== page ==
Silence. Kramer’s eyes narrowed in thought. He looked up.
“None of those included California.”
“What?” A frown creased O’Connor’s brow.
“Yeah, you’re right,” commented Brandt.
“That incident in Costa Mesa,” Kramer said. “I might be wrong, but I’m thinking that terrorist cell was discovered before they had a chance to hit their target somewhere there—in Costa Mesa.”
“I got sent a report about that,” O’Connor murmured. He cocked an eyebrow. “I don’t think you’re wrong at all, son. I’ll bet my pension they constitute the Californian team. I’ll also wager the feds have most likely woken up to that fact by now.”
Kramer drew in his lower lip while his mind’s eye focused somewhere deep. Thirty seconds passed, then a minute, two minutes. When he refocused, everyone was regarding him closely. He addressed Brandt well aware the group listened in.
“The more I think about it, the more I’m convinced Harper is, er, was involved in everything going down right now. It all has her smell on it.” He held up a hand and countered off the fingers with the other.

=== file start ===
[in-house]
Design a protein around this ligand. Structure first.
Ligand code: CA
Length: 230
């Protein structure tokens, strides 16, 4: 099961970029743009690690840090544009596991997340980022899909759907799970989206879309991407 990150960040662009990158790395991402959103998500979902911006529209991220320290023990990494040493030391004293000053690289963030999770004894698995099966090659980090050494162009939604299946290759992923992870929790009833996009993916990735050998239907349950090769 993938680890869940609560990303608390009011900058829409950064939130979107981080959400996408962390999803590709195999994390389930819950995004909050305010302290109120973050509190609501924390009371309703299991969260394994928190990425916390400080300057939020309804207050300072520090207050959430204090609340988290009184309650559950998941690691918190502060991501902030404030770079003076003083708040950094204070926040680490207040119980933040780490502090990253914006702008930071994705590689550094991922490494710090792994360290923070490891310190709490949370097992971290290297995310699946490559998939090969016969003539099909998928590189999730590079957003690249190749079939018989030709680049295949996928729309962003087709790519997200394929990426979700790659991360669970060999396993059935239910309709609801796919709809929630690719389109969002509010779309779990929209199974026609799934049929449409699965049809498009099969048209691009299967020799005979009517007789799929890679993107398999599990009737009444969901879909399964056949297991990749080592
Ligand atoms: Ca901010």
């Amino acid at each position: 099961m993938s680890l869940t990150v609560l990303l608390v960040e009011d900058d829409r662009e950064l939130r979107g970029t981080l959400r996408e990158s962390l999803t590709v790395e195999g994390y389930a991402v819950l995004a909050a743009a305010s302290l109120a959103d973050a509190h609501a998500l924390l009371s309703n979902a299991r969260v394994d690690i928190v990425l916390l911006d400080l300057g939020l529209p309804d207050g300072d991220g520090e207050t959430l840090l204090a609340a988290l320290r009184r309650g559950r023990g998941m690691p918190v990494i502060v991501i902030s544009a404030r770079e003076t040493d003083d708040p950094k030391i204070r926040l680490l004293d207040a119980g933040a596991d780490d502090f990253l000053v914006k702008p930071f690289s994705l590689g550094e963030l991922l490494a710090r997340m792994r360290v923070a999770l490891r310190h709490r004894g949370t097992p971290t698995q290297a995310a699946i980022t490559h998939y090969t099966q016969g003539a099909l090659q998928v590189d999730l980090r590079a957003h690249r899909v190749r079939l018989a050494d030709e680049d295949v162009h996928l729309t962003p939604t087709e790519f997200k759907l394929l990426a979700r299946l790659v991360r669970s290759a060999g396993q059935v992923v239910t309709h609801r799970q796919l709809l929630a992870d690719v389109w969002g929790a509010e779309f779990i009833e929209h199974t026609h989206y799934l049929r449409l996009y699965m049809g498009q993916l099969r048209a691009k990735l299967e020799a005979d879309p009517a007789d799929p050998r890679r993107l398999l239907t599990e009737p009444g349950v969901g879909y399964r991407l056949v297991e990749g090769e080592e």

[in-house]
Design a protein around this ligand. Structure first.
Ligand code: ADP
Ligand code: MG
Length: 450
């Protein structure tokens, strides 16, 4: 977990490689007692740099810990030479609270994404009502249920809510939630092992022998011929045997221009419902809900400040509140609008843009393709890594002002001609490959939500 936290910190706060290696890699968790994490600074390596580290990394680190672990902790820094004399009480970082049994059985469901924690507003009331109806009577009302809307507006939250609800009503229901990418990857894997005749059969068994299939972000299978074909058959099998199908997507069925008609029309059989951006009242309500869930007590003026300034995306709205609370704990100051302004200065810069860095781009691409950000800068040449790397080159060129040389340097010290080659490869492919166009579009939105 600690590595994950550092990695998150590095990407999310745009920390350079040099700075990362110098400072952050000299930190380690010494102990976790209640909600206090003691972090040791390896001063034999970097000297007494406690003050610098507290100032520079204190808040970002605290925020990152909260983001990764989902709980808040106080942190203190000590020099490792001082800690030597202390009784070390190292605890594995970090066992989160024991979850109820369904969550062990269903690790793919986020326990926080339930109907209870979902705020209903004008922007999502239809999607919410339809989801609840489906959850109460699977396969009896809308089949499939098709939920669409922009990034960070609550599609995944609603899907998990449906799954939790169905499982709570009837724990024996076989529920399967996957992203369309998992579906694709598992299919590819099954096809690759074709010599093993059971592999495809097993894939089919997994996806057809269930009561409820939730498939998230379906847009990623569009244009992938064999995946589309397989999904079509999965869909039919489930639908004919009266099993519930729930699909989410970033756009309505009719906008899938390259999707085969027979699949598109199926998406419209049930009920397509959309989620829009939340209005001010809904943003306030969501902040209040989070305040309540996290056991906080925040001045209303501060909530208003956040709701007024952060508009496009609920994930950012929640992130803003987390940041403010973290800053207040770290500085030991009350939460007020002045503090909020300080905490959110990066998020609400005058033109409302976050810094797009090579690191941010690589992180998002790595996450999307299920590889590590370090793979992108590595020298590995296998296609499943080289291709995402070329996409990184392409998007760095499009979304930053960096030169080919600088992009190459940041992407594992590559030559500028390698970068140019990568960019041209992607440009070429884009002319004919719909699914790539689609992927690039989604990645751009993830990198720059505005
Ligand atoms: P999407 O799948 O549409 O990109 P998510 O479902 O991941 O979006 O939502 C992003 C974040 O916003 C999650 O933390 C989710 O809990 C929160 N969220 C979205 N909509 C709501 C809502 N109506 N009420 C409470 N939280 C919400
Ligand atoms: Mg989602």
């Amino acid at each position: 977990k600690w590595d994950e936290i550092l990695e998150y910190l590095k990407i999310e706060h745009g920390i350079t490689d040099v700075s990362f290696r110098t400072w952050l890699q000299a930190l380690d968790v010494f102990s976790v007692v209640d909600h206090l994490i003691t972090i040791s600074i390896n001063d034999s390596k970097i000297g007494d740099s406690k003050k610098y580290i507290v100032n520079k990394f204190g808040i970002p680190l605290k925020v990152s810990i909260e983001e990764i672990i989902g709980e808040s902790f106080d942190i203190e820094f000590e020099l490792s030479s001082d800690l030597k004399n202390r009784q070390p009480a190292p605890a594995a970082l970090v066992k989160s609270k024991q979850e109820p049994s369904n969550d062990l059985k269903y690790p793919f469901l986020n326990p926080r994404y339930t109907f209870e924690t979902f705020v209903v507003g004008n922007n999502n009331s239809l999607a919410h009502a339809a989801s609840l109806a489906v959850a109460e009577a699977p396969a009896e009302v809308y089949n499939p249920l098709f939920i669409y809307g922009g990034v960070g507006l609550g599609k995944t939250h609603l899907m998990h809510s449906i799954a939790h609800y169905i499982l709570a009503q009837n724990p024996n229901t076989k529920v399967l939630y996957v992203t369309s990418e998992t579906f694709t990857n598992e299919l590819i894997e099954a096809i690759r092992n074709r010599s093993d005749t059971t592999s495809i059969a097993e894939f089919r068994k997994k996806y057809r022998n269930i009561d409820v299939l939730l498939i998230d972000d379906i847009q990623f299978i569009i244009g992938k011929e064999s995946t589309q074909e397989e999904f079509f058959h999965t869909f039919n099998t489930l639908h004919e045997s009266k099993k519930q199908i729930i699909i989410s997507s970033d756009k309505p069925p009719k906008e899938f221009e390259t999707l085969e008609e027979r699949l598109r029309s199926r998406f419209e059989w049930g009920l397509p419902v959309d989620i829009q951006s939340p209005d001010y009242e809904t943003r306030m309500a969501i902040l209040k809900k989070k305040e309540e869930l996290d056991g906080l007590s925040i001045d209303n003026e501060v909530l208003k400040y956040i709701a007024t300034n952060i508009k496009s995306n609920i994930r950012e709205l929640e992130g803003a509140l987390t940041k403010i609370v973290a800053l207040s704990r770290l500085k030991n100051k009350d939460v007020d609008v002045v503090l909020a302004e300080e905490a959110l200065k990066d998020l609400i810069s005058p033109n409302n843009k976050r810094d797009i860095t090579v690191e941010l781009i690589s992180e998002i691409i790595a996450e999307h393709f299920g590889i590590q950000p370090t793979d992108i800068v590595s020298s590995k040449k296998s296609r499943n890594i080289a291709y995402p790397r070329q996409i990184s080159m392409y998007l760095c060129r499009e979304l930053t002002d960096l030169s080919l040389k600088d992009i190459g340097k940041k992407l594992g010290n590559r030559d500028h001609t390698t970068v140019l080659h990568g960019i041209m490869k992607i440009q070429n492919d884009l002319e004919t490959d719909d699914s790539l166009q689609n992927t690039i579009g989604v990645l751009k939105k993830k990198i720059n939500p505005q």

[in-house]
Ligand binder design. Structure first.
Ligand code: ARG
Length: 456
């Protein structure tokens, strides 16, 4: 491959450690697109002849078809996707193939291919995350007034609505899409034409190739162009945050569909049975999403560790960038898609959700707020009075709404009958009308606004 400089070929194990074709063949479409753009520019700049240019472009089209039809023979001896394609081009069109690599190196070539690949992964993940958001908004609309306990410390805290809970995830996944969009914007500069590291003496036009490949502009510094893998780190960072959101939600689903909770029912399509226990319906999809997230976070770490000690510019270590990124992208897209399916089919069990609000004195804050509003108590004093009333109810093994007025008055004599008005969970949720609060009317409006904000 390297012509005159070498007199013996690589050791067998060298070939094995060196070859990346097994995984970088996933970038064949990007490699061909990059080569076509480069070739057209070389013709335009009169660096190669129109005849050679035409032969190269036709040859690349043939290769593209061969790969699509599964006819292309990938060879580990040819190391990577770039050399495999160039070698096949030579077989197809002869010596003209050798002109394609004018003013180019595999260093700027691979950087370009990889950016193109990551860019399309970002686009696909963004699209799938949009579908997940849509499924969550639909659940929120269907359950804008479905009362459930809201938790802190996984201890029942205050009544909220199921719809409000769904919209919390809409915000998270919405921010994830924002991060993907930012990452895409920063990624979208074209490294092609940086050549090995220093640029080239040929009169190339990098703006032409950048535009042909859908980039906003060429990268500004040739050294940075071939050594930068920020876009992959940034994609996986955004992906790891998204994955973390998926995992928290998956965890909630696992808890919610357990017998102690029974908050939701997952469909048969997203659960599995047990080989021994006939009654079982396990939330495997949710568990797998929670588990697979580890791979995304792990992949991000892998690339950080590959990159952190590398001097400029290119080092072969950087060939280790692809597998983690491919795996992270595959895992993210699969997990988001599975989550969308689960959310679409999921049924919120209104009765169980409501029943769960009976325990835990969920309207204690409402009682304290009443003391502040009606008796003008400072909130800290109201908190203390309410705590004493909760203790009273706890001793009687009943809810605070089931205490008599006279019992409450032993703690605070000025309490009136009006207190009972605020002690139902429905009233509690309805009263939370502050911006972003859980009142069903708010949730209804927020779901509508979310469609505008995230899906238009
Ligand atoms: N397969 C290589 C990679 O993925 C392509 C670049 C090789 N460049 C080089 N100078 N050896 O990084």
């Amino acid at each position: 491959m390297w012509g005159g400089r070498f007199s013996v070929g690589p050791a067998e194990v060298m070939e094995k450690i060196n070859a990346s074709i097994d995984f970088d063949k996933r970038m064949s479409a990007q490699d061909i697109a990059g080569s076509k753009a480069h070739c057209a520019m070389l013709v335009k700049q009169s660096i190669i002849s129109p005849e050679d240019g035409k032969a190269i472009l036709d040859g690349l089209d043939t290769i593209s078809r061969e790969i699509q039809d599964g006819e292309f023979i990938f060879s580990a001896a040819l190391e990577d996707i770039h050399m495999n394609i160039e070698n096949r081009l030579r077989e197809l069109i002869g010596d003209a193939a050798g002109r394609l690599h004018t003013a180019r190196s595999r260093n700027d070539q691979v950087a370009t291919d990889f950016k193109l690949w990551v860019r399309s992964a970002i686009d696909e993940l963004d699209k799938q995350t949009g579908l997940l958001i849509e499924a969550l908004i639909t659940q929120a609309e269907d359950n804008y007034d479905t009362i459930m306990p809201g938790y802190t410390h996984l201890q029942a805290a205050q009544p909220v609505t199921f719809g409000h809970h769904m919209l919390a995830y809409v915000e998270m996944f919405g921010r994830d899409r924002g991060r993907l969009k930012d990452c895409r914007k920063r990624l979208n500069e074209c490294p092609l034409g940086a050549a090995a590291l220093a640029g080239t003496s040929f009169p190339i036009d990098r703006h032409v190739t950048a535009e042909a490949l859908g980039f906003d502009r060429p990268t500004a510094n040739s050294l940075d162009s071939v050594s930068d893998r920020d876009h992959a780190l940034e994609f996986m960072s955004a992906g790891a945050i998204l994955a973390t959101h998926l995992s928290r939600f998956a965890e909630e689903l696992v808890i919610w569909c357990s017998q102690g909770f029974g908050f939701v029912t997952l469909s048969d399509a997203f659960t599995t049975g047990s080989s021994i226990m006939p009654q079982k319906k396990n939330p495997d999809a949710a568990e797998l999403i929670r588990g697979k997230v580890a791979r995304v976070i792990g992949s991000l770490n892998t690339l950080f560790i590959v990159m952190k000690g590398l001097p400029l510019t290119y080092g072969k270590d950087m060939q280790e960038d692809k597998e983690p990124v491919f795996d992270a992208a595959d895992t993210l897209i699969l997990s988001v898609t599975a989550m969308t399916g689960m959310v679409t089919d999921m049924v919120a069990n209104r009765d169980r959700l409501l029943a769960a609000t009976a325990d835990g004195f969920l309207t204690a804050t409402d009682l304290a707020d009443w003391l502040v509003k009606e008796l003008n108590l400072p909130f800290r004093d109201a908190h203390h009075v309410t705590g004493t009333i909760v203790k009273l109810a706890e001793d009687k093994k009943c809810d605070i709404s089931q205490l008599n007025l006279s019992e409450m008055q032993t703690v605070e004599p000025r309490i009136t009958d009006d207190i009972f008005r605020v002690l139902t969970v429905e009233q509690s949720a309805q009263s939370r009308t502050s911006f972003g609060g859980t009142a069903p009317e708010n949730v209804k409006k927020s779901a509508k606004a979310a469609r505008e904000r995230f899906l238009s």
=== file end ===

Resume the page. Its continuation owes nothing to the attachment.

“One, she has motive to hit back at America. Two, her criminal activities worldwide most certainly provided her with more than enough means to bankroll a huge operation. Three, we have eyes-on confirmation in South Africa of her involvement with ISIS. Four, it’s far too coincidental for these ISIS attacks to occur so soon after Harper sets foot back in America after being absent for years. And I don’t believe in coincidences. Five, the pieces are beginning to fit together to make me feel that she somehow orchestrated everything that’s happening across the country to divert us from her own agenda.”
“That’s an awful lot to load onto the shoulders of just one person—and a woman to boot, son,” O’Connor said.